Denis Kudla (USA) d. Amir Milushev (UZB) 6-4 6-4
SWITZERLAND defeated GERMANY 3-2
Marc-Andrea Huesler (SUI) d. Oscar Otte (GER) 2-6 6-2 6-4
Alexander Zverev (GER) d. Stan Wawrinka (SUI) 6-4 6-1
Andreas Mies/Tim Puetz (GER) d. Dominic Stricker/Stan Wawrinka (SUI) 6-7(3) 6-3 6-4
Marc-Andrea Huesler (SUI) d. Alexander Zverev (GER) 6-2 7-6(4)
Stan Wawrinka (SUI) d. Daniel Altmaier (GER) 6-3 5-7 6-4
GREAT BRITAIN defeated COLOMBIA 3-1
Nicolas Mejia (COL) d. Daniel Evans (GBR) 6-2 2-6 6-4
Cameron Norrie (GBR) d. Nicolas Barrientos (COL) 6-2 7-5
Daniel Evans/Neal Skupski (GBR) d. Juan-Sebastian Cabal/Robert Farah (COL) 6-4 6-4
Cameron Norrie (GBR) d. Nicolas Mejia (COL) 6-4 6-4
SERBIA defeated NORWAY 4-0
Miomir Kecmanovic (SRB) d. Andreja Petrovic (NOR) 6-1 6-3
Laslo Djere (SRB) d. Viktor Durasovic (NOR) 6-3 4-6 7-6(8)
Nikola Cacic/Filip Krajinovic (SRB) d. Viktor Durasovic/Herman Hoeyeraal (NOR) 6-4 3-6 6-3
Hamad Medjedovic (SRB) d. Viktor Durasovic (NOR) 6-4 6-7(4) [10-4
CHILE defeated KAZAKHSTAN 3-1
Timofei Skatov (KAZ) d. Cristian Garin (CHI) 6-1 6-3
Nicolas Jarry (CHI) d. Alexander Bublik (KAZ) 6-2 6-2
Marcelo Tomas Barrios Vera/Alejandro Tabilo (CHI) d. Andrey Golubev/Aleksandr Nedovyesov (KAZ) 6-4 7-5
Cristian Garin (CHI) d. Alexander Bublik (KAZ) 6-4 3-6 6-3
KOREA, REP. defeated BELGIUM 3-2
Zizou Bergs (BEL) d. Soonwoo Kwon (KOR) 1-6 6-4 7-6(6)
David Goffin (BEL) d. Hong Seong Chan (KOR) 6-4 6-2
Nam Jisung/Song Min-kyu (KOR) d. Sander Gille/Joran Vliegen (BEL) 7-6(3) 7-6(5)
Soonwoo Kwon (KOR) d. David Goffin (BEL) 3-6 6-1 6-3
Hong Seong Chan (KOR) d. Zizou Bergs (BEL) 6-3 7-6(4)
SWEDEN defeated BOSNIA AND HERZEGOVINA 3-1
Mikael Ymer (SWE) d. Mirza Basic (BIH) 6-4 7-5
Elias Ymer (SWE) d. Damir Dzumhur (BIH) 6-1 6-4
Mirza Basic/Tomislav Brkic (BIH) d. Andre Goransson/Elias Ymer (SWE) 6-4 6-2
Mikael Ymer (SWE) d. Damir Dzumhur (BIH) 6-1 1-6 6-3
NETHERLANDS defeated SLOVAKIA 4-0
Tallon Griekspoor (NED) d. Lukas Klein (SVK) 7-6(6) 2-6 6-4
Tim Van Rijthoven (NED) d. Alex Molcan (SVK) 7-6(6) 5-7 6-3
Wesley Koolhof/Matwe Middelkoop (NED) d. Lukas Klein/Alex Molcan (SVK) 6-3 6-3
Matwe Middelkoop (NED) d. Jozef Kovalik (SVK) 6-4 6-4
FINLAND defeated ARGENTINA 3-1
Emil Ruusuvuori (FIN) d. Pedro Cachin (ARG) 7-5 6-3
Francisco Cerundolo (ARG) d. Otto Virtanen (FIN) 6-3 3-6 7-6(3)
Harri Heliovaara/Emil Ruusuvuori (FIN) d. Maximo Gonzalez/Andres Molteni (ARG) 7-6(5) 4-6 6-4
Emil Ruusuvuori (FIN) d. Facundo Bagnis (ARG) 7-5 6-1
CZECH REPUBLIC defeated PORTUGAL 3-1
Jiri Lehecka (CZE) d. Nuno Borges (POR) 6-4 6-4
Tomas Machac (CZE) d. Joao Sousa (POR) 7-6(6) 3-6 6-2
Nuno Borges/Francisco Cabral (POR) d. Tomas Machac/Adam Pavlasek (CZE) 7-5 7-6(4)
Joao Sousa (POR) v Jiri Lehecka (CZE) 6-4 6-1
Davis Cup In Danger After Kosmos Ends Partnership
The 25-year $3bn deal in place to protect the team event is coming to an end. It remains to be seen what happens next.
The future of the Davis Cup has been thrown into jeopardy following the departure of investment company Kosmos after they reportedly failed to reach a financial agreement with the International Tennis Federation.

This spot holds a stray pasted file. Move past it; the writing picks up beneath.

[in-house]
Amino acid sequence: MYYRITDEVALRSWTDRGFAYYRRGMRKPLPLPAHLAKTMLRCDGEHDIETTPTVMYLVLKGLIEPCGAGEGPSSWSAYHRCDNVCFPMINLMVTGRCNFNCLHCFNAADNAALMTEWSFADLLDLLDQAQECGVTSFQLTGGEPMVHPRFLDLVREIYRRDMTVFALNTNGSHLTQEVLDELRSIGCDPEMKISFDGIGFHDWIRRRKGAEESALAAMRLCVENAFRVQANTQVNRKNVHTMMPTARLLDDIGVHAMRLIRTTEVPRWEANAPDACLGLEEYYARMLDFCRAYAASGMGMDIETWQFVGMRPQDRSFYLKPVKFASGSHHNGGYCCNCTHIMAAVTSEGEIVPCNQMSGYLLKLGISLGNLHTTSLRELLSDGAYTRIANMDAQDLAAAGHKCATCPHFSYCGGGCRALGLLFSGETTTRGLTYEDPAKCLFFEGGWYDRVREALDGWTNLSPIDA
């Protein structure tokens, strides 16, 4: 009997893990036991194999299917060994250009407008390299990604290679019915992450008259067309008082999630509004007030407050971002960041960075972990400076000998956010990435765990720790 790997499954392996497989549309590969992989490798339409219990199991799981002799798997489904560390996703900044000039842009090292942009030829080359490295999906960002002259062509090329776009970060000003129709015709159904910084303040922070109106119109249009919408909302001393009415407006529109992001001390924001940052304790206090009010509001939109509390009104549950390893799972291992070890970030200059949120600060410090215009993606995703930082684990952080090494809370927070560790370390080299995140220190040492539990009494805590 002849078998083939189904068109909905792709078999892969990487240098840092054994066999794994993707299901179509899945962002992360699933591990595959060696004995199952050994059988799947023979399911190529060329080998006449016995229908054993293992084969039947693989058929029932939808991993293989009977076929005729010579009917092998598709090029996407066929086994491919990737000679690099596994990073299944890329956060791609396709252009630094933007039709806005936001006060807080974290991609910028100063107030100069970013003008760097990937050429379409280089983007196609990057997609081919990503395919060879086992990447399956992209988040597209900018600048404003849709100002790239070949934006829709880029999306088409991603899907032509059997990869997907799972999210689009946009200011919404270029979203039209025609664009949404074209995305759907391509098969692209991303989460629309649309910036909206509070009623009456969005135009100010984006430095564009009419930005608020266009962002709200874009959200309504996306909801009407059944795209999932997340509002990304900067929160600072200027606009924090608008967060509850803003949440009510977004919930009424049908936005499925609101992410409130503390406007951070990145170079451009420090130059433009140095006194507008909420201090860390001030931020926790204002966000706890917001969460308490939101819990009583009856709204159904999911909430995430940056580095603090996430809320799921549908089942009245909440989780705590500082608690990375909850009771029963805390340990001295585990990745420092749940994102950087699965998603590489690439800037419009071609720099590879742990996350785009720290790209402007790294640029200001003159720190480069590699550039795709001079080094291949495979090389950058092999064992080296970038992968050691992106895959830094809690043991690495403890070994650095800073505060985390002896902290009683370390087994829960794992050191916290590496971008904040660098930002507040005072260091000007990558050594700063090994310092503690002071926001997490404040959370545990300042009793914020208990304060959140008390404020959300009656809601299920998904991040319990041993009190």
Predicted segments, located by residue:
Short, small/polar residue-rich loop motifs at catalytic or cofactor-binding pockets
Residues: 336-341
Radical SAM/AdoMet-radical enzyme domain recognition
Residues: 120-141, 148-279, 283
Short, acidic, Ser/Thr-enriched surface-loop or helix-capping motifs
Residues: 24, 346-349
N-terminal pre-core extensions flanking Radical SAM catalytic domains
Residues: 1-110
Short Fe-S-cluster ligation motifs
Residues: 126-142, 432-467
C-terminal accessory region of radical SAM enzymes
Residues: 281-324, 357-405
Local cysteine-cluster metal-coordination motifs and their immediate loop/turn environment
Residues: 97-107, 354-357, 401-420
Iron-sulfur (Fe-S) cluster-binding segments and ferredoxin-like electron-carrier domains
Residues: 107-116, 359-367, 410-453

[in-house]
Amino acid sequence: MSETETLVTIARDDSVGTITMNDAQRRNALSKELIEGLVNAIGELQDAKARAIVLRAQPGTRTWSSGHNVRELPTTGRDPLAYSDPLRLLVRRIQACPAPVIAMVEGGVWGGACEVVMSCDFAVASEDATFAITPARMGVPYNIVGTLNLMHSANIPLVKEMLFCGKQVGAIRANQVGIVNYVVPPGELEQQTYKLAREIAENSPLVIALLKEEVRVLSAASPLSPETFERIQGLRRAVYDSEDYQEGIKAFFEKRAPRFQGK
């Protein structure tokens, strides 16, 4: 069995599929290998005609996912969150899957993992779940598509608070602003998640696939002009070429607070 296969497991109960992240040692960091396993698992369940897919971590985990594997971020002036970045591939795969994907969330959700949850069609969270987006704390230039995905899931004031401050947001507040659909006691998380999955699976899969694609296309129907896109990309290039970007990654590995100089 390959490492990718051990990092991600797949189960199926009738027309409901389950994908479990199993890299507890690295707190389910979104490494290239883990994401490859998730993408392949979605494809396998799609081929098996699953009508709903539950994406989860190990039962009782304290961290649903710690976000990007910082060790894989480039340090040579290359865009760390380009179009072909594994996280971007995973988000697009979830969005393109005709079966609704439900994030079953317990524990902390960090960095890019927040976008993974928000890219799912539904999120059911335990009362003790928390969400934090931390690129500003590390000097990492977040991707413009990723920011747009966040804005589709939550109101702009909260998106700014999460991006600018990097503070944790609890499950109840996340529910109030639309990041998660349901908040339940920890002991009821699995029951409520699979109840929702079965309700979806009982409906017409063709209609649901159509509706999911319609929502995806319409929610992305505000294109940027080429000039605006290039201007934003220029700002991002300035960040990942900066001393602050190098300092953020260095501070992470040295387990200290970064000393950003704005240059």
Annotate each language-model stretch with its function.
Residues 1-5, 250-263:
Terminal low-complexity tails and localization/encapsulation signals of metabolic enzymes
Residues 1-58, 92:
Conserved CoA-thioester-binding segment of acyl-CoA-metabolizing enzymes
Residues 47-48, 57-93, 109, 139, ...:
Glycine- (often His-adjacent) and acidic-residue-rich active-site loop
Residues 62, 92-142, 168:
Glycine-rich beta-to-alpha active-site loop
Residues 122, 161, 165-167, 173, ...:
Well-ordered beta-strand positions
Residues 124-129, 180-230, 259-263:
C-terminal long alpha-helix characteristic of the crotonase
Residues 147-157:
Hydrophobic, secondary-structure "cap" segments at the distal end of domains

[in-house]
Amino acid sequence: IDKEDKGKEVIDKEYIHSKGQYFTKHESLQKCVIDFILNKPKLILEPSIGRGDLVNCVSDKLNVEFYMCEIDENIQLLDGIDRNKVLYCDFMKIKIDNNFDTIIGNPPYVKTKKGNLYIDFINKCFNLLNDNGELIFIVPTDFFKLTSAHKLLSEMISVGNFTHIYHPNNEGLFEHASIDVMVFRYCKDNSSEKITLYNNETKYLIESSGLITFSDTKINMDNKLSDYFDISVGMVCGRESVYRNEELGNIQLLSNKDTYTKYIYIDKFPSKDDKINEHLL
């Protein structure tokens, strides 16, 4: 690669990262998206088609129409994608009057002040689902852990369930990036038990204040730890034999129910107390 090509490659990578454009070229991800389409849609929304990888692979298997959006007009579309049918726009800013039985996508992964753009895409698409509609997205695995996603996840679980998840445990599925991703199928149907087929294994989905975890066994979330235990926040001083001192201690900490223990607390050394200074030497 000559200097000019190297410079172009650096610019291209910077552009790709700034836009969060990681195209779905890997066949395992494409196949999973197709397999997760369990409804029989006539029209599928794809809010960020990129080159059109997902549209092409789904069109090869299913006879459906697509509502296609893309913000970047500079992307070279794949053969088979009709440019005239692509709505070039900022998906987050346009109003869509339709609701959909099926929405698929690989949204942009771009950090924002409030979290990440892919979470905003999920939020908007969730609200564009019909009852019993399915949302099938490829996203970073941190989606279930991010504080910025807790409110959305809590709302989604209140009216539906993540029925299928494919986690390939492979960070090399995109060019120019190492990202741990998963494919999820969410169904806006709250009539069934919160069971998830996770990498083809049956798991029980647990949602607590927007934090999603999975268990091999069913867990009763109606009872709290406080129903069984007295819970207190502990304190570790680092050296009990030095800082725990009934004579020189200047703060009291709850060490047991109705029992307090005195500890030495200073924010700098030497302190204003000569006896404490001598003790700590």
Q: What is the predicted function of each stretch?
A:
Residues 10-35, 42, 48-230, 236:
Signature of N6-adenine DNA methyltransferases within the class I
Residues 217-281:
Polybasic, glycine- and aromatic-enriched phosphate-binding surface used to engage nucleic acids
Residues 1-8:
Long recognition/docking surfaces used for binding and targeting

Rumours of the partnership breaking up started to surface on social media on Thursday but Ubitennis has since been able to confirm that this is true through a national tennis federation source. According to the Spanish newspaper Marca, Kosmos’ exit from the Davis Cup occurred after they failed to reach an agreement with the ITF concerning the $40M fee per year.
The development is a massive blow for the ITF who originally signed a 25-year deal with Kosmos worth in the region of $3bn back in 2018 after their AGM voted in favour of making changes to the event. Something that prompted a substantial divide in the sport with critics accusing them of trying to destroy the historic team competition which has been in existence since 1900. Under the agreement, Kosmos took sole responsibility for the Davis Cup and its format.
During recent interviews with Ubitennis over the past three months, the CEO of Kosmos, Enrique Rojas, claimed the organization had desires to make the Davis Cup as prominent as a Grand Slam and said in a separate interview that he wanted to use ‘global ambassadors’ to promote the event.
The timeframe of the negotiations has not been made public and therefore it is unclear when Kosmos officially ended their collaboration.
One of the first officials to react to the development was Dirk Hordotff from the German Tennis Federation who agreed with Ubitennis for his remarks to be published. Hordorff is the current coach of Ricardas Berankis and has previously worked with former world No.5 Rainer Schuettler for 20 years.
“Time to review and heal this nonsense,” he said.
‘Bring back home and away ties which makes the Davis Cup so unique.’
“Solve the key issues of the problem: no short notice for organizations of the ties and have a minimum preparation for each event of one year. Don’t play the final every year and don’t play (the event) in Olympic years. The best thing during an Olympic year would be to have a team event at the Olympics.”
There is yet to be an official statement from either the ITF or Kosmos. However, an ITF spokesperson has confirmed to the AFP news Agency that the partnership is ‘ending in its fifth year.’ It is understood that this year’s Davis Cup will continue under the sole control of the ITF but it remains to be seen what happens to the future of the event.
As for Kosmos, they will still stay involved in tennis in some capacity. Earlier this month they announced the signings of Elina Svitolina, Borna Coric and Andrey Rublev to their management branch.